Wikimedia Voters Support Ban on Crypto Donations
71% of voters are opposed to the group continuing to accept cryptocurrency.
- Wikimedia voters expressed overwhelming opposition to crypto donations in a vote that concluded this week.
- Concerns were raised around the environmental impact of crypto mining and implicit support for crypto projects.
- Wikimedia has not said whether it will end crypto donations, but has said that very little of its revenue comes from crypto.
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Contributors to Wikimedia have overwhelmingly voted that the project’s foundation should stop accepting cryptocurrency.
71% of Voters Oppose Crypto Donation
Wikimedia could soon end support for cryptocurrency donations if its foundation complies with the requests of its community.
One page on the site indicates that 71% of 326 voters expressed support for ending cryptocurrency donations.
Those in favor of ending cryptocurrency donation expressed concerns around the environmental impact of mining, as well as concerns around the implicit endorsement of cryptocurrencies.
Those who supported the continued acceptance of cryptocurrency argued that proof-of-stake cryptocurrencies demand little energy. It was also said that cryptocurrencies provide “safer ways to donate and engage in finance for people in oppressive countries.”
The vote and request for comments on crypto donations began on Jan. 10 and closed on Apr. 12. It took place roughly eight years after Wikimedia first began to accept crypto in 2014.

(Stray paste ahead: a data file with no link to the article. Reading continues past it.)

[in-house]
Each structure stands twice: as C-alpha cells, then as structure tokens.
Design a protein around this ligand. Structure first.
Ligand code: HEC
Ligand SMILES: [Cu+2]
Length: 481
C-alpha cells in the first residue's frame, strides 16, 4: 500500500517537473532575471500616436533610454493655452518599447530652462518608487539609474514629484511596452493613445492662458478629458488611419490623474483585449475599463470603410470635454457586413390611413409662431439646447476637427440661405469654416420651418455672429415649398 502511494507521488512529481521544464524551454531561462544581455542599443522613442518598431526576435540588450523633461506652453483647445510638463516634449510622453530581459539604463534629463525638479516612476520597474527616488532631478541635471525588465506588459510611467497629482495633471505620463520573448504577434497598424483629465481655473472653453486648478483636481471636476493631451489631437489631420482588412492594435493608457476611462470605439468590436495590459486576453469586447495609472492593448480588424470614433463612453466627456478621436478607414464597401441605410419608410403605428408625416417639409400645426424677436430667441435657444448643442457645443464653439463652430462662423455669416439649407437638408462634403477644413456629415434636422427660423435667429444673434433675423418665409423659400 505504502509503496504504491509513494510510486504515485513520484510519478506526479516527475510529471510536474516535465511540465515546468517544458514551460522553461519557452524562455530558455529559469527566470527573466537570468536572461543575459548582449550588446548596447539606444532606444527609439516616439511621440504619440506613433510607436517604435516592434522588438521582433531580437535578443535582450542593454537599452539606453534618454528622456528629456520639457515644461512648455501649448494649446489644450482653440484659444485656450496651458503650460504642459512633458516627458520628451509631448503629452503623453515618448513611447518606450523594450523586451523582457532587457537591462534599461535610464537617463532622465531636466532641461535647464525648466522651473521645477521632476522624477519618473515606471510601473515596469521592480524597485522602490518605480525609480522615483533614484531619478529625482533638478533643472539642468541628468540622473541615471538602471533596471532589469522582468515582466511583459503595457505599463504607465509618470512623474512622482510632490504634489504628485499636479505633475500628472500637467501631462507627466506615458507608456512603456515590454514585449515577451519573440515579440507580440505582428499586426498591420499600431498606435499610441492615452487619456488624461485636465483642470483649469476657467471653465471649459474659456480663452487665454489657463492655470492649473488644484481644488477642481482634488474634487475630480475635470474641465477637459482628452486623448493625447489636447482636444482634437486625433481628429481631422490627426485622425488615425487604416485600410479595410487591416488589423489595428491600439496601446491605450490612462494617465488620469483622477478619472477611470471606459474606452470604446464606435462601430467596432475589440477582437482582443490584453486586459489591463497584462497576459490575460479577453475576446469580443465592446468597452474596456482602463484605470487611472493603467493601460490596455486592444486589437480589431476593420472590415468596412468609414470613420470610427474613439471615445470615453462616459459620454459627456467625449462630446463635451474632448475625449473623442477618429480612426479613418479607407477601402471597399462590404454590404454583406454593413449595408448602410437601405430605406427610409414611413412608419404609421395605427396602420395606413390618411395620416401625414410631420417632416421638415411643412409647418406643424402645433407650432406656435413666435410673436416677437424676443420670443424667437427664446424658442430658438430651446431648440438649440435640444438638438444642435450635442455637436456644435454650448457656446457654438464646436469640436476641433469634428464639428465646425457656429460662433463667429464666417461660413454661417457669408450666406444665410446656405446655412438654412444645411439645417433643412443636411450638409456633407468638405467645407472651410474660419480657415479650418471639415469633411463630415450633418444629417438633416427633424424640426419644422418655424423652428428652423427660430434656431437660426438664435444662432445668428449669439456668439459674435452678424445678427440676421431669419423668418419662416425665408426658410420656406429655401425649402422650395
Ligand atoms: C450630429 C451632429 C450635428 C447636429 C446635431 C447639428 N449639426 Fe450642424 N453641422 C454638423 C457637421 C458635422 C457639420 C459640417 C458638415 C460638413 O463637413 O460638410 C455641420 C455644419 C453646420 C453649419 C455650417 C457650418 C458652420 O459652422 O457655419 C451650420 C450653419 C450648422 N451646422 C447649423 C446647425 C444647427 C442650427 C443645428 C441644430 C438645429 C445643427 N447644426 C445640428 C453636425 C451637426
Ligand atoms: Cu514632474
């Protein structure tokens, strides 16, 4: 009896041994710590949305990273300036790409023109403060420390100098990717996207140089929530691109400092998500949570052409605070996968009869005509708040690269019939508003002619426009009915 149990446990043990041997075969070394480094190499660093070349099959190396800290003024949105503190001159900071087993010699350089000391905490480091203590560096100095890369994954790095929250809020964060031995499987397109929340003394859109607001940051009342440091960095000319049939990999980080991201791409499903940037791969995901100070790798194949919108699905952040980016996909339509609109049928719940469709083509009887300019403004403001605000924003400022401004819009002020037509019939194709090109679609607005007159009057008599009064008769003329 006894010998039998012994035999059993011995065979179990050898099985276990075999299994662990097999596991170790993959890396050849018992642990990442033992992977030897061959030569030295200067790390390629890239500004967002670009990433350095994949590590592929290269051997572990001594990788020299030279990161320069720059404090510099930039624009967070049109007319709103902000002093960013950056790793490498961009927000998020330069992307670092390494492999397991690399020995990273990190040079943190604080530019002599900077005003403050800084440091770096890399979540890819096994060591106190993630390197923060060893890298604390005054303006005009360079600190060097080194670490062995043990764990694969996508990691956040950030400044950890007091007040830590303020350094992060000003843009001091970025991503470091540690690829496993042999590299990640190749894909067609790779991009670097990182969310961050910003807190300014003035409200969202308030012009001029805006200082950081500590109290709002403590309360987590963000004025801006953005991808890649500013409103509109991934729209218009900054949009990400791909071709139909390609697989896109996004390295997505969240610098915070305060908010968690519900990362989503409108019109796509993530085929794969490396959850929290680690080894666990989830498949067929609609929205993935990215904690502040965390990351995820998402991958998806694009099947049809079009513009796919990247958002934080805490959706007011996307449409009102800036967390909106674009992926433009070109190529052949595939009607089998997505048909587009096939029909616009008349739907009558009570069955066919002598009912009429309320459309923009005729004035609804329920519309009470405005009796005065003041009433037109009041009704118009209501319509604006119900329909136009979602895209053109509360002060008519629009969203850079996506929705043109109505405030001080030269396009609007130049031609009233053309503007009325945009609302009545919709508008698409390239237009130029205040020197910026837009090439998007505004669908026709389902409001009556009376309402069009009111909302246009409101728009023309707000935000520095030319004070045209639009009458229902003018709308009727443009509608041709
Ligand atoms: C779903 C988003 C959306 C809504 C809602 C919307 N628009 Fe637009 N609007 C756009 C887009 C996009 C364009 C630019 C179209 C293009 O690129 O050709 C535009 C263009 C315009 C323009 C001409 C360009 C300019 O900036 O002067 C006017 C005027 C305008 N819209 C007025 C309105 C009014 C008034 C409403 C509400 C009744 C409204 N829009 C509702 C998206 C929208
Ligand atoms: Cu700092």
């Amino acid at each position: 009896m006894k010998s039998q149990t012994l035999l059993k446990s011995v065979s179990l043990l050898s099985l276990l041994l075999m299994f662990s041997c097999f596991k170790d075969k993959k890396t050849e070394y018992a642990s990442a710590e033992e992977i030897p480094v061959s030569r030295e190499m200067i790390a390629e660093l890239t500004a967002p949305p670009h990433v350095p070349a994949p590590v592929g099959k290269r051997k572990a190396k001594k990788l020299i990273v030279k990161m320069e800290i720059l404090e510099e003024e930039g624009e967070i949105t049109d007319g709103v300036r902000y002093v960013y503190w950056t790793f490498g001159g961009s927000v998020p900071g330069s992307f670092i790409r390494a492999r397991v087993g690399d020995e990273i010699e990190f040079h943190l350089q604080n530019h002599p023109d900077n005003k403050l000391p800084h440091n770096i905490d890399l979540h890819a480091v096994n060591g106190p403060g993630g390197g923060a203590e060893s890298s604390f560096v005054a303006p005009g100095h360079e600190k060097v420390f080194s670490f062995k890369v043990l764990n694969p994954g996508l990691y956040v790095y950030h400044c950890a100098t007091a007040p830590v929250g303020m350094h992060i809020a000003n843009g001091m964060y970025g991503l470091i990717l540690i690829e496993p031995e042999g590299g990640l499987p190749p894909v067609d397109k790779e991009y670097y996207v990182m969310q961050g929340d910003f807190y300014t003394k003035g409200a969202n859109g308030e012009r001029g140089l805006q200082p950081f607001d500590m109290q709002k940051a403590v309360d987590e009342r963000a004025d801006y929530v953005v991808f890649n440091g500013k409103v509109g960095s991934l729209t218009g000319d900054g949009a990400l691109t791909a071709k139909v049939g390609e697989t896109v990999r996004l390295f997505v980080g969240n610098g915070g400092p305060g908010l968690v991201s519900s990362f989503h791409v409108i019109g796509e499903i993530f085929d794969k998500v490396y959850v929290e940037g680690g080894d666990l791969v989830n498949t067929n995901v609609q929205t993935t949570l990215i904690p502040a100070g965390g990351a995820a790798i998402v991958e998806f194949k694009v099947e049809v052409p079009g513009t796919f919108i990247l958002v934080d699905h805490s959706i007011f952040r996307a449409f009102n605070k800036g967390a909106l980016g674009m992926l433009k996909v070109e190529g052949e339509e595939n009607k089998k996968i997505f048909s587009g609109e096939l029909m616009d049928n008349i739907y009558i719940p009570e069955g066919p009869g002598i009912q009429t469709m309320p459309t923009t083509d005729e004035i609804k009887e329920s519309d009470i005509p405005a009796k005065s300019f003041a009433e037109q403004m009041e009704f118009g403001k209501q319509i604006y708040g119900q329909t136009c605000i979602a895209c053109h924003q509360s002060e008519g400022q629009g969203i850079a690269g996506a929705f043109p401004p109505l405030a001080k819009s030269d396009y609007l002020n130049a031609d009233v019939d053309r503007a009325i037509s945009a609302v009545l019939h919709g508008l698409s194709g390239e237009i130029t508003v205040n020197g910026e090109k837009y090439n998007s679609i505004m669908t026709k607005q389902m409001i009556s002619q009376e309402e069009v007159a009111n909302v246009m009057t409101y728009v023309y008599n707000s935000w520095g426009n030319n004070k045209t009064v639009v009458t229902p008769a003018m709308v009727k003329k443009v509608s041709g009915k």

The Wikimedia Foundation has not made it clear whether it will comply with the request. It did, however, say that cryptocurrency is a very minor part of its funding. Last year, it received $130,100 in crypto from 347 donors, making up just 0.08% of its revenue.
Crypto In the Open Culture Movement
Wikimedia is an umbrella project consisting of sites such as Wikipedia, Wiktionary, MediaWiki, and Wikinews.
Despite a lack of community support, Wikimedia’s founders have shown interest in crypto. In 2021, Wikipedia founder Jimmy Wales auctioned an NFT to raise funds for his alternative social media site.
Meanwhile, Wikipedia co-founder Larry Sanger went on to found Everipedia, a blockchain-based encyclopedia forked from Wikipedia. Sanger later resigned as CTO of that project in 2019.
Wikimedia should not be confused with the unrelated whistleblower site Wikileaks. In addition to regular donations, that community raised $41 million of cryptocurrency for Julian Assange this year.
Elsewhere in the open-culture movement, the Mozilla Foundation has experienced backlash for accepting crypto donations. Last week, it announced that it would accept proof-of-stake coins while rejecting mining-based cryptocurrencies like Bitcoin.
Wikimedia Foundation did not immediately respond to Crypto Briefing‘s request for comment.
Disclosure: At the time of writing, the author of this piece owned BTC, ETH, and other cryptocurrencies.